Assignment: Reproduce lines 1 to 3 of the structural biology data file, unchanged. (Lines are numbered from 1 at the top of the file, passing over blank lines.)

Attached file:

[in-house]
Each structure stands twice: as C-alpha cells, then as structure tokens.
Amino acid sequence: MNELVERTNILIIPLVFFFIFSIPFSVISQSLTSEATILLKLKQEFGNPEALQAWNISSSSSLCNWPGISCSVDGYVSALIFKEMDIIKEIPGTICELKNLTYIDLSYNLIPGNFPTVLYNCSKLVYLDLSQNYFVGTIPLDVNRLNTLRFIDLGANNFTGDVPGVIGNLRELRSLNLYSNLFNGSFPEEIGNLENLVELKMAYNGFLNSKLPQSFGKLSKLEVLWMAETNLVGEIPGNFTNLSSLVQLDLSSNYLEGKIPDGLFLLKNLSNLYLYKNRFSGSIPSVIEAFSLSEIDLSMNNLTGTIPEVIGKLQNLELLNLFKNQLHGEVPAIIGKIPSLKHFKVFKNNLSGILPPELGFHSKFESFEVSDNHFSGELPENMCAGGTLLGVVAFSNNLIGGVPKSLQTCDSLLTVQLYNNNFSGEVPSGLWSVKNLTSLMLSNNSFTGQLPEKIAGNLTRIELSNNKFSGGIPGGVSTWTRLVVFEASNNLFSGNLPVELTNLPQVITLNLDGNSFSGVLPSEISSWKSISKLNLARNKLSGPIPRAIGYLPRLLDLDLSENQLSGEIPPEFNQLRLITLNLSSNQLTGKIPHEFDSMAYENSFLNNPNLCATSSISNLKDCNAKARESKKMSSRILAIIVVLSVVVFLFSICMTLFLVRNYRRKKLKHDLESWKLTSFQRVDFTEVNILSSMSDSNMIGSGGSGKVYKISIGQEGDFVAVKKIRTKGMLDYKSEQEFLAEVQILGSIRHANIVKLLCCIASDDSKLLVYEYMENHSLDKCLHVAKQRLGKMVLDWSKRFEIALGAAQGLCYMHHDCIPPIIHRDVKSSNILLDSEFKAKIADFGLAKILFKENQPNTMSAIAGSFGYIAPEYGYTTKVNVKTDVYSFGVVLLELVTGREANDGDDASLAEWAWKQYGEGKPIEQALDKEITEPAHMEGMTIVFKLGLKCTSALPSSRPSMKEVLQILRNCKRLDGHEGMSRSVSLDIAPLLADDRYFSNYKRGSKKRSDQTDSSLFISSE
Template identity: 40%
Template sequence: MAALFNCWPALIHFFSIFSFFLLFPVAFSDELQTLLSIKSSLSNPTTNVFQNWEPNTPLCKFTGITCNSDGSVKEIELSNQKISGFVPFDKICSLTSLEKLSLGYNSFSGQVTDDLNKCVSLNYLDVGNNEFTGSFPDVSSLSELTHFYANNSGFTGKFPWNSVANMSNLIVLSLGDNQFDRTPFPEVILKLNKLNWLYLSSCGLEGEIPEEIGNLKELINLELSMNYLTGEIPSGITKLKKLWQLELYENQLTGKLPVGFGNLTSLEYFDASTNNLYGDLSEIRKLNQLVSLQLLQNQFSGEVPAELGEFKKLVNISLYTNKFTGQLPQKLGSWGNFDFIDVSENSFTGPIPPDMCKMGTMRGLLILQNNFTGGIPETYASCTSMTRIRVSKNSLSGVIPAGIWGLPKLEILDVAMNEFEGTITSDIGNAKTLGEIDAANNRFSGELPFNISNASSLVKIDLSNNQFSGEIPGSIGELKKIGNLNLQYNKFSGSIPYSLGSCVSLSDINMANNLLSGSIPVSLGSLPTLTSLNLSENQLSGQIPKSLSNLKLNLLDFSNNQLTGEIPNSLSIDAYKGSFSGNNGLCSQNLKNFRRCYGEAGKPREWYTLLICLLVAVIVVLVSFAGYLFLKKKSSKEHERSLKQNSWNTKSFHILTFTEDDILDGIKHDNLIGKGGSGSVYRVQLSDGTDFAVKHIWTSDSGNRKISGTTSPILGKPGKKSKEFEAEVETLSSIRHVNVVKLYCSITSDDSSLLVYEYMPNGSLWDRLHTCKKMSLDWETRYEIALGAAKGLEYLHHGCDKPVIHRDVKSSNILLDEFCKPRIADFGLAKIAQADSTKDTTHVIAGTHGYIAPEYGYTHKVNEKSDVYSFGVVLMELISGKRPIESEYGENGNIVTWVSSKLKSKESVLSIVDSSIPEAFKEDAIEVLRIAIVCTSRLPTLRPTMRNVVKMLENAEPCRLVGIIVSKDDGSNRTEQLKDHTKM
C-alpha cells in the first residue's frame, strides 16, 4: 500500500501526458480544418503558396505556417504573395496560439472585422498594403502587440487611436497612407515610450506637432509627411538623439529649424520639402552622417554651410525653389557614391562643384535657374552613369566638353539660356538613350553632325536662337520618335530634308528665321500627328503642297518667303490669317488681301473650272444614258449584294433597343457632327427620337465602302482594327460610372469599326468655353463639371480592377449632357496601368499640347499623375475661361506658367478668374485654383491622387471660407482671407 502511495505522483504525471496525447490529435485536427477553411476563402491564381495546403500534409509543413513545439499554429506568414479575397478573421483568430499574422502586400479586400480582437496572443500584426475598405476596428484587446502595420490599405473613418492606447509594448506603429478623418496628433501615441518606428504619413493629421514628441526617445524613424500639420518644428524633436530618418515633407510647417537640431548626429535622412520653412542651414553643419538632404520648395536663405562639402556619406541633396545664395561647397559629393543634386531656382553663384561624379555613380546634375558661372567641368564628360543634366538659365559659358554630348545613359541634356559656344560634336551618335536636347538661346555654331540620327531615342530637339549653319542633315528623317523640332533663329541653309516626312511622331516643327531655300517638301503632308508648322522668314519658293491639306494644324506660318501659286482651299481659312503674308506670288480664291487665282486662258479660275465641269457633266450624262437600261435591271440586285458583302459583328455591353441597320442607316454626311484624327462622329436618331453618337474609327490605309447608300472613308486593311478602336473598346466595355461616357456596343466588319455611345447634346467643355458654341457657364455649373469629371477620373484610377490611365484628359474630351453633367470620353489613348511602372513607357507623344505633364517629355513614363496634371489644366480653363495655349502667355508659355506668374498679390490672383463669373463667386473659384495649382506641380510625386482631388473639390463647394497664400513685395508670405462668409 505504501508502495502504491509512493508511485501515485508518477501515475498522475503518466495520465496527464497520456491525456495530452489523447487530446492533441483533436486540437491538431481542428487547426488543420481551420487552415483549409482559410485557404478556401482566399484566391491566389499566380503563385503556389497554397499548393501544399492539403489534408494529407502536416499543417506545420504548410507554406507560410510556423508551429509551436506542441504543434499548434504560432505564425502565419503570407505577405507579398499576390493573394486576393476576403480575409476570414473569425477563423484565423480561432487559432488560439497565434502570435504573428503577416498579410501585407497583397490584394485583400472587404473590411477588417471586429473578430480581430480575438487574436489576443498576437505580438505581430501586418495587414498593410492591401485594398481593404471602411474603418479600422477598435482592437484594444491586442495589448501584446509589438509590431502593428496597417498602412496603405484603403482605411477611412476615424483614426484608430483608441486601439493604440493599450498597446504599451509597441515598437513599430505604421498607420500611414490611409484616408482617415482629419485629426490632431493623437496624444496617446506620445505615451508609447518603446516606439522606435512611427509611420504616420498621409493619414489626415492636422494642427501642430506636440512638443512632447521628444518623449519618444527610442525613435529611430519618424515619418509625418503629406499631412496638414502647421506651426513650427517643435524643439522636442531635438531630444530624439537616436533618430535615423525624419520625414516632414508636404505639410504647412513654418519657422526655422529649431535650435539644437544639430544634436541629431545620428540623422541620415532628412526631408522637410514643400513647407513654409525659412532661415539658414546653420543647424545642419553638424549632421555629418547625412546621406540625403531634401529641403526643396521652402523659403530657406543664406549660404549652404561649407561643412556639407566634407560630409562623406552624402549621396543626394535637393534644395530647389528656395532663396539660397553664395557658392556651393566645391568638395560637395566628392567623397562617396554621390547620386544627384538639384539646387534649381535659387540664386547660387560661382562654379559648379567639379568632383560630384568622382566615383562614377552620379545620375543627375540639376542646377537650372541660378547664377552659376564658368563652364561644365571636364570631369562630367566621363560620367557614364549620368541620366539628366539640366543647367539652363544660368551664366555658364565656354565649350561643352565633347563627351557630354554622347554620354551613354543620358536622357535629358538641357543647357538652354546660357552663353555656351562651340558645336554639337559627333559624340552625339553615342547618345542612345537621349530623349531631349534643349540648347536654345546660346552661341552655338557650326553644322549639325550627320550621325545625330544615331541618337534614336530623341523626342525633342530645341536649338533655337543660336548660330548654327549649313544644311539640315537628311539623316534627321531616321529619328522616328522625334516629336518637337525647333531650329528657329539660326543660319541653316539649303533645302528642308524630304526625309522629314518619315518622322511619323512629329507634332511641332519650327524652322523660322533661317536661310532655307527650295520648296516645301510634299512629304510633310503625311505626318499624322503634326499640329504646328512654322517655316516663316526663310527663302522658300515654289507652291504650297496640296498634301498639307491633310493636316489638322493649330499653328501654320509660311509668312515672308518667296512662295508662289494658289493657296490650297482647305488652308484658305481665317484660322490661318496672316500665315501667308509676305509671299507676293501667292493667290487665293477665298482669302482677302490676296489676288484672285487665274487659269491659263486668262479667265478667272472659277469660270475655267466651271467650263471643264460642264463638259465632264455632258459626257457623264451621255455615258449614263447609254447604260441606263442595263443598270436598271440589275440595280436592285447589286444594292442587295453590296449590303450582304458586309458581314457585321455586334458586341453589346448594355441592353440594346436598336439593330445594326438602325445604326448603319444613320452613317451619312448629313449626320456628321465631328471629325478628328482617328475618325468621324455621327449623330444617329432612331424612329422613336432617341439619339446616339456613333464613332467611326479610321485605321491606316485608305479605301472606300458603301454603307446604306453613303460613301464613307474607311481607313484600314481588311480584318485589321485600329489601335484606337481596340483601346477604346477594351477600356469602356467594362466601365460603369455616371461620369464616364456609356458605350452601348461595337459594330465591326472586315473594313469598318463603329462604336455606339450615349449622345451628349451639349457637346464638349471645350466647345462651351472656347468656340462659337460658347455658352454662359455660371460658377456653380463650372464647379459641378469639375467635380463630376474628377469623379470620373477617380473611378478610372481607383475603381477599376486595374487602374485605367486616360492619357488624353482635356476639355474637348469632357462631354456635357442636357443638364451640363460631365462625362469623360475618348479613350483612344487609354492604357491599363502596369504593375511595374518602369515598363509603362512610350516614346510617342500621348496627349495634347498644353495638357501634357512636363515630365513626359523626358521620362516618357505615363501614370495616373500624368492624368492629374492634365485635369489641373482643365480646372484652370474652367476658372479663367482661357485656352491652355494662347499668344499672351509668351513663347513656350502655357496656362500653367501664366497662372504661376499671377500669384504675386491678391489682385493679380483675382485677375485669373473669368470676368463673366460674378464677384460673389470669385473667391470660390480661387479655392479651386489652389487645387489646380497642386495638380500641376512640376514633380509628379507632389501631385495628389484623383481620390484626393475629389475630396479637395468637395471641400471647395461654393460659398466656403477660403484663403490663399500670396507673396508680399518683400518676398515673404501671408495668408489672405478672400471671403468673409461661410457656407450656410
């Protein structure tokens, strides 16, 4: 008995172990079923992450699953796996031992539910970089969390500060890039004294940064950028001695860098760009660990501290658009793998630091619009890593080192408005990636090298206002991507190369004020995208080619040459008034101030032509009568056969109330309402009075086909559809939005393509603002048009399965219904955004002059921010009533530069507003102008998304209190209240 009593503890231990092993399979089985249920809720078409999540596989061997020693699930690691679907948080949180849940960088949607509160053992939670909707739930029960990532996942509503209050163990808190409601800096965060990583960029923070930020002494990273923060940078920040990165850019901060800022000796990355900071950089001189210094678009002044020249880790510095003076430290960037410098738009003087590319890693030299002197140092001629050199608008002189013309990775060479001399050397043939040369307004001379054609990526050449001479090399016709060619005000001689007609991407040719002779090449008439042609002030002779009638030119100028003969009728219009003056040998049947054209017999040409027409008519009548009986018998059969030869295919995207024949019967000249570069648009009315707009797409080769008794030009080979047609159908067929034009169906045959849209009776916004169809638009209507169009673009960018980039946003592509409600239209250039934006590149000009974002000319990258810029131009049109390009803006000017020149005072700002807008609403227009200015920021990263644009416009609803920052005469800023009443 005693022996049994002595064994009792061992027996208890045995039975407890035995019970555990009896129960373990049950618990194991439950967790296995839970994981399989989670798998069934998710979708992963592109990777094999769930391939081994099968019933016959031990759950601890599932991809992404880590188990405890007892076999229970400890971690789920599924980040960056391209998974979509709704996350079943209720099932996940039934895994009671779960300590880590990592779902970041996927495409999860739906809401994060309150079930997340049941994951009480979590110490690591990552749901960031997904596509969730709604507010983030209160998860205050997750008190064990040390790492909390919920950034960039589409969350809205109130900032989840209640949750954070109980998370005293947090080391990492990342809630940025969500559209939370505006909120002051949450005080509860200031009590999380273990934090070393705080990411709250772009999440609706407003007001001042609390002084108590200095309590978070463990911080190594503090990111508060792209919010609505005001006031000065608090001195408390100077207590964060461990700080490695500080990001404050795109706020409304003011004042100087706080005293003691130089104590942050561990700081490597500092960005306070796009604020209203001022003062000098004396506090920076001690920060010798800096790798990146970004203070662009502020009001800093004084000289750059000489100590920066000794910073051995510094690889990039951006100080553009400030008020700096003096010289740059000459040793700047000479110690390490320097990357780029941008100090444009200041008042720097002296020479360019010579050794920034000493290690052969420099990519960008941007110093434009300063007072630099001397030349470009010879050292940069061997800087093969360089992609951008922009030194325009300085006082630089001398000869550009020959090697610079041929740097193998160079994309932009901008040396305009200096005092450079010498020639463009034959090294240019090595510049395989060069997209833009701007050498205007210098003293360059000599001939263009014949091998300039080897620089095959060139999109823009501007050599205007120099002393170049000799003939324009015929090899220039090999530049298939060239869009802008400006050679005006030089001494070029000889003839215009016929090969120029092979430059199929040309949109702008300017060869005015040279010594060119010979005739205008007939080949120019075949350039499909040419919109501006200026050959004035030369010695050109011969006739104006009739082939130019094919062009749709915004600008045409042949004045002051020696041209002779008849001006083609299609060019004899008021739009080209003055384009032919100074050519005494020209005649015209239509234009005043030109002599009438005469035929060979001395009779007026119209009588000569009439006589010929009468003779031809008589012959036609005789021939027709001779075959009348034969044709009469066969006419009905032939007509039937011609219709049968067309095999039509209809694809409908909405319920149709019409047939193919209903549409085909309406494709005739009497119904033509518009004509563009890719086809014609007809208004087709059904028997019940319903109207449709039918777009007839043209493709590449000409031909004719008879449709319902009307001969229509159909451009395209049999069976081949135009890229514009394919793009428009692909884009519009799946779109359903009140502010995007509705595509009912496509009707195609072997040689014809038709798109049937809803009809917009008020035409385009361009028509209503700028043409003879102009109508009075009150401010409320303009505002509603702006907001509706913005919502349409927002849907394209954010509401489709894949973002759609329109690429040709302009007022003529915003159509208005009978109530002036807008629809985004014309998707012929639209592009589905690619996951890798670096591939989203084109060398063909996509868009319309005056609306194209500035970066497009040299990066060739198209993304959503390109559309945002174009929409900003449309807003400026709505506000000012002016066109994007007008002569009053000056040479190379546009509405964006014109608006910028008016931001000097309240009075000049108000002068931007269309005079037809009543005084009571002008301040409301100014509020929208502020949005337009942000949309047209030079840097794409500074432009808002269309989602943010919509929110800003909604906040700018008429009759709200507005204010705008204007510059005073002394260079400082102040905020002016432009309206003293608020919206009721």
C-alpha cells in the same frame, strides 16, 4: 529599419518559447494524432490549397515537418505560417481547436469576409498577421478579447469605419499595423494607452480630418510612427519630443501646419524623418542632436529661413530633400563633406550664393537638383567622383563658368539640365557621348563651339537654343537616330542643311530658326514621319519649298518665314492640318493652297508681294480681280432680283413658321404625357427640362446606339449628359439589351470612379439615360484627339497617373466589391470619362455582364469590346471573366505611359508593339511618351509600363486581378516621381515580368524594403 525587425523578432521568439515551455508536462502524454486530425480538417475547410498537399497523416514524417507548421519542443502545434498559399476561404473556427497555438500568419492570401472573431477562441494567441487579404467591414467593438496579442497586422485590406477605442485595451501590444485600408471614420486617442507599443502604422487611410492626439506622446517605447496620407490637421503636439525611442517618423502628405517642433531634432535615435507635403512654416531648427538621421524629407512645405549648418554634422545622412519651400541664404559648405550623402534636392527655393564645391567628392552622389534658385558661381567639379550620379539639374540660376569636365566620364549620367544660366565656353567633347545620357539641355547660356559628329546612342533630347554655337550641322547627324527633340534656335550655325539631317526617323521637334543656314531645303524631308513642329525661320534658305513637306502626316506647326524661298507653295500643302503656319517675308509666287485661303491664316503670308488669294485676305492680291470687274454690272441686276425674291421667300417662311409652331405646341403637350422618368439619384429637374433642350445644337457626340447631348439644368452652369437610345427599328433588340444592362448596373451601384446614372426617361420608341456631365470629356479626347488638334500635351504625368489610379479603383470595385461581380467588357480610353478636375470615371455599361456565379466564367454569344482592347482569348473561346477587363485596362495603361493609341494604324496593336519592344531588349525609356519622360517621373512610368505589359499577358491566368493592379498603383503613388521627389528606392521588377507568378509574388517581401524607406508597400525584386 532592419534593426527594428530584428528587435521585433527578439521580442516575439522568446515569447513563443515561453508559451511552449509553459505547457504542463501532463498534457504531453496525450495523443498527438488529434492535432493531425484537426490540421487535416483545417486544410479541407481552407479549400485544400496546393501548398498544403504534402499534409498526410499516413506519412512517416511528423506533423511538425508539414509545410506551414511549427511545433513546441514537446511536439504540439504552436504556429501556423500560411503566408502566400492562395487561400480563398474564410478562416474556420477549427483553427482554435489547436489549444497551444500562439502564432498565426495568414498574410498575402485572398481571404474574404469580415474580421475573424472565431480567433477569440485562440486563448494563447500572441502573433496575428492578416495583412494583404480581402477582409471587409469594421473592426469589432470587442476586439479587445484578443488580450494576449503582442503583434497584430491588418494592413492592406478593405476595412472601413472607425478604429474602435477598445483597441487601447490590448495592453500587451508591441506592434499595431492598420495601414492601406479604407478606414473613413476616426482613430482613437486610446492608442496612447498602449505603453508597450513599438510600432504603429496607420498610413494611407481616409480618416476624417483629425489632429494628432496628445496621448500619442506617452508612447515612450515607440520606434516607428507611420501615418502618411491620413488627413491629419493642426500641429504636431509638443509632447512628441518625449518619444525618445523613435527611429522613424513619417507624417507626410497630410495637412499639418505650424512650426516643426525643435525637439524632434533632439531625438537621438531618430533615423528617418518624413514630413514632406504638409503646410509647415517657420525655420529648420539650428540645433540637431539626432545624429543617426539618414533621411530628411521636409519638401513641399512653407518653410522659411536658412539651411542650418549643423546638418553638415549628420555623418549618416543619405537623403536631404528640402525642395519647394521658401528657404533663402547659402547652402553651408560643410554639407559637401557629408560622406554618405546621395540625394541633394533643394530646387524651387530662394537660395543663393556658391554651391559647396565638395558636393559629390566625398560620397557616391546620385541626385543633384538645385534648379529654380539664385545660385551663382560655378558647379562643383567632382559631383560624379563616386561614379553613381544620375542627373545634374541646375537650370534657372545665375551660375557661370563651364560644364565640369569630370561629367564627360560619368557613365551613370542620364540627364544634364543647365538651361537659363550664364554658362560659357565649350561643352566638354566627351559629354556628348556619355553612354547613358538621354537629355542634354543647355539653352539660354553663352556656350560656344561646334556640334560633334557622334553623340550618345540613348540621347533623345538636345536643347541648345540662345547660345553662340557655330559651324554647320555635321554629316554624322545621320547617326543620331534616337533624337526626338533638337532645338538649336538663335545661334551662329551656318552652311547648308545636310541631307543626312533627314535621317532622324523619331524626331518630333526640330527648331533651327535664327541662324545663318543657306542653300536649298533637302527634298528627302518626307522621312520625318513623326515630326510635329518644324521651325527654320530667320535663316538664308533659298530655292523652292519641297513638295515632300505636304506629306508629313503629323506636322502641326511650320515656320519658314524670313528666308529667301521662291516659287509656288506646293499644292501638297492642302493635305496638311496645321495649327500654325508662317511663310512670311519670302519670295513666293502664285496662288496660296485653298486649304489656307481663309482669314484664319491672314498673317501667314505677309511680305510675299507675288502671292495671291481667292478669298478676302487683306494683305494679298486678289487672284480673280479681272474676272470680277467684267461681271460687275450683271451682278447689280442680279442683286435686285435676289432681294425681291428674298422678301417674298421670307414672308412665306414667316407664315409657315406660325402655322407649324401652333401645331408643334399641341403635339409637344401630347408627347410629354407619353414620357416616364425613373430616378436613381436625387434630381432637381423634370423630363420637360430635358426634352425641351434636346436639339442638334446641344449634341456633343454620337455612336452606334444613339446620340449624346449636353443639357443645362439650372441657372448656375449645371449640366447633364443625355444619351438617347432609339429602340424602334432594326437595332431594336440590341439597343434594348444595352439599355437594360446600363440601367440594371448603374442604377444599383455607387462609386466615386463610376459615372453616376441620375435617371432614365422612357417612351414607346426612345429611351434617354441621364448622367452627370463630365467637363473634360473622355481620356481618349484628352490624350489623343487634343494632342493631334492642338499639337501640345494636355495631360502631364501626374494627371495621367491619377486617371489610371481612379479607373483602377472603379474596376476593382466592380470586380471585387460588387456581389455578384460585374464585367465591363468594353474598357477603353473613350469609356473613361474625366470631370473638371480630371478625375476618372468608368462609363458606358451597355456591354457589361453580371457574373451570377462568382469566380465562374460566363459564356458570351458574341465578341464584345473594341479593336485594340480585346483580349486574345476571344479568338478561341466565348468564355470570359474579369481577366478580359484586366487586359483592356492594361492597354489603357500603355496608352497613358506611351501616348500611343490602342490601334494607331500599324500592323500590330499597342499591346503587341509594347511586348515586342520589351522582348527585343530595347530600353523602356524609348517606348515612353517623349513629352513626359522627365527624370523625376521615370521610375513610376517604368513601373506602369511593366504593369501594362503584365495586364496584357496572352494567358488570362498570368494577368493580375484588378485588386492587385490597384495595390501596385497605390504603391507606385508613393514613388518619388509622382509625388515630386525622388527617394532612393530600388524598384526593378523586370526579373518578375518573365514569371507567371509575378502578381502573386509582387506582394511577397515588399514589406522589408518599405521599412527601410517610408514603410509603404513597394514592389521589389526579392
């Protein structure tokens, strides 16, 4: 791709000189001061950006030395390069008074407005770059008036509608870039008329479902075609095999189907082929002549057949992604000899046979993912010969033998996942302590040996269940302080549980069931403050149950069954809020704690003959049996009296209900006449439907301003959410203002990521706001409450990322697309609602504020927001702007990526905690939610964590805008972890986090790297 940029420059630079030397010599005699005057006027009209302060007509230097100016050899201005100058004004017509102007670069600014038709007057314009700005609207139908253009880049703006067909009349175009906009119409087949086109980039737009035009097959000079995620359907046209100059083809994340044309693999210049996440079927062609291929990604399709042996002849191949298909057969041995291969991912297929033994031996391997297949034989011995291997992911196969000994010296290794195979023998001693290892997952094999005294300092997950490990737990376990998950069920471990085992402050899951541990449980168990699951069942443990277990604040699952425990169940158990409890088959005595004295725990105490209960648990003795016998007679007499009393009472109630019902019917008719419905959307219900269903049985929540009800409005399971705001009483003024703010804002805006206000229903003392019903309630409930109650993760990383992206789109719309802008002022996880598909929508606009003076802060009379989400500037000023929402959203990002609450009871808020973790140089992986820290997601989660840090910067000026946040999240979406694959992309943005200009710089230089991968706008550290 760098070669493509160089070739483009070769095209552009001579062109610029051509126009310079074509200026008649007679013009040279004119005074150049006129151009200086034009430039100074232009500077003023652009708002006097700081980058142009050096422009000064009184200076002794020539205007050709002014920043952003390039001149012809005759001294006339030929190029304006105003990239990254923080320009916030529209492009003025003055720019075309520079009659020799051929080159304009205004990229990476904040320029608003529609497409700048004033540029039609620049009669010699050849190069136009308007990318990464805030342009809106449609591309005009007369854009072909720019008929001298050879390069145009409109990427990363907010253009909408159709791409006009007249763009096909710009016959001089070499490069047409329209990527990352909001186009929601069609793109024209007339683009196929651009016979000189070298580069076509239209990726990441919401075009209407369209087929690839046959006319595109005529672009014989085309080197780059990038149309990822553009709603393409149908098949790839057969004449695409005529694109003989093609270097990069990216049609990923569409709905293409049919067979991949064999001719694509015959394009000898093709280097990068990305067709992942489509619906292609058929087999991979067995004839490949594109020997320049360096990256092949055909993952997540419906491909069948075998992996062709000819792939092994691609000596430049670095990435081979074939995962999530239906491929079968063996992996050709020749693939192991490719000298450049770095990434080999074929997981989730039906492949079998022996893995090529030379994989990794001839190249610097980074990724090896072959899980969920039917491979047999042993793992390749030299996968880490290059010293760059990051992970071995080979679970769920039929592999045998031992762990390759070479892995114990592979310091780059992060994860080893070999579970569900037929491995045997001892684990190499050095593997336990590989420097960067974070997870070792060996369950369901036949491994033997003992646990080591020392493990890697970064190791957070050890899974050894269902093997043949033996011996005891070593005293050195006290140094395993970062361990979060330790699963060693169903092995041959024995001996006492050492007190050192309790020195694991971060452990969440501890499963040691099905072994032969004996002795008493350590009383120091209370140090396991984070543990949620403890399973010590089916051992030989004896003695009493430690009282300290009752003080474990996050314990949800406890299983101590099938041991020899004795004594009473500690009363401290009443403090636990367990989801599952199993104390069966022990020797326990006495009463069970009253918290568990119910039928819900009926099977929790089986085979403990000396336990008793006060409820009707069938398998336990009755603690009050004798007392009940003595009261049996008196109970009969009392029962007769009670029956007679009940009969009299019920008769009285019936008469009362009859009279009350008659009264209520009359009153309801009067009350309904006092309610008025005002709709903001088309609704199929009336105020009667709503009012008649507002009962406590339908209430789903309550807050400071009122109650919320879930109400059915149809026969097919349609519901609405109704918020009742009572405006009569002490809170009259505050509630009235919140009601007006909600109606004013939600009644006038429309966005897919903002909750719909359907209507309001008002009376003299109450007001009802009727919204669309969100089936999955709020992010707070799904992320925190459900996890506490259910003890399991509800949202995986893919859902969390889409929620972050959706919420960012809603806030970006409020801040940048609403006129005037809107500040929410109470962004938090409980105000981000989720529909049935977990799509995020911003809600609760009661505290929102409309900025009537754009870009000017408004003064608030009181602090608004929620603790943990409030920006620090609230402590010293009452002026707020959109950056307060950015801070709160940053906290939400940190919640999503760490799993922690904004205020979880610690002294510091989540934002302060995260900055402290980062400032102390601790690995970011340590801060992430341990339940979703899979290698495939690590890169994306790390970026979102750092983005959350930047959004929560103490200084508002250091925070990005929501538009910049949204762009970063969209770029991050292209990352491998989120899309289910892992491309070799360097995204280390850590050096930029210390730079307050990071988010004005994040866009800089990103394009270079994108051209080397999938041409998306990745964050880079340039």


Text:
[in-house]
Each structure stands twice: as C-alpha cells, then as structure tokens.
Amino acid sequence: MNELVERTNILIIPLVFFFIFSIPFSVISQSLTSEATILLKLKQEFGNPEALQAWNISSSSSLCNWPGISCSVDGYVSALIFKEMDIIKEIPGTICELKNLTYIDLSYNLIPGNFPTVLYNCSKLVYLDLSQNYFVGTIPLDVNRLNTLRFIDLGANNFTGDVPGVIGNLRELRSLNLYSNLFNGSFPEEIGNLENLVELKMAYNGFLNSKLPQSFGKLSKLEVLWMAETNLVGEIPGNFTNLSSLVQLDLSSNYLEGKIPDGLFLLKNLSNLYLYKNRFSGSIPSVIEAFSLSEIDLSMNNLTGTIPEVIGKLQNLELLNLFKNQLHGEVPAIIGKIPSLKHFKVFKNNLSGILPPELGFHSKFESFEVSDNHFSGELPENMCAGGTLLGVVAFSNNLIGGVPKSLQTCDSLLTVQLYNNNFSGEVPSGLWSVKNLTSLMLSNNSFTGQLPEKIAGNLTRIELSNNKFSGGIPGGVSTWTRLVVFEASNNLFSGNLPVELTNLPQVITLNLDGNSFSGVLPSEISSWKSISKLNLARNKLSGPIPRAIGYLPRLLDLDLSENQLSGEIPPEFNQLRLITLNLSSNQLTGKIPHEFDSMAYENSFLNNPNLCATSSISNLKDCNAKARESKKMSSRILAIIVVLSVVVFLFSICMTLFLVRNYRRKKLKHDLESWKLTSFQRVDFTEVNILSSMSDSNMIGSGGSGKVYKISIGQEGDFVAVKKIRTKGMLDYKSEQEFLAEVQILGSIRHANIVKLLCCIASDDSKLLVYEYMENHSLDKCLHVAKQRLGKMVLDWSKRFEIALGAAQGLCYMHHDCIPPIIHRDVKSSNILLDSEFKAKIADFGLAKILFKENQPNTMSAIAGSFGYIAPEYGYTTKVNVKTDVYSFGVVLLELVTGREANDGDDASLAEWAWKQYGEGKPIEQALDKEITEPAHMEGMTIVFKLGLKCTSALPSSRPSMKEVLQILRNCKRLDGHEGMSRSVSLDIAPLLADDRYFSNYKRGSKKRSDQTDSSLFISSE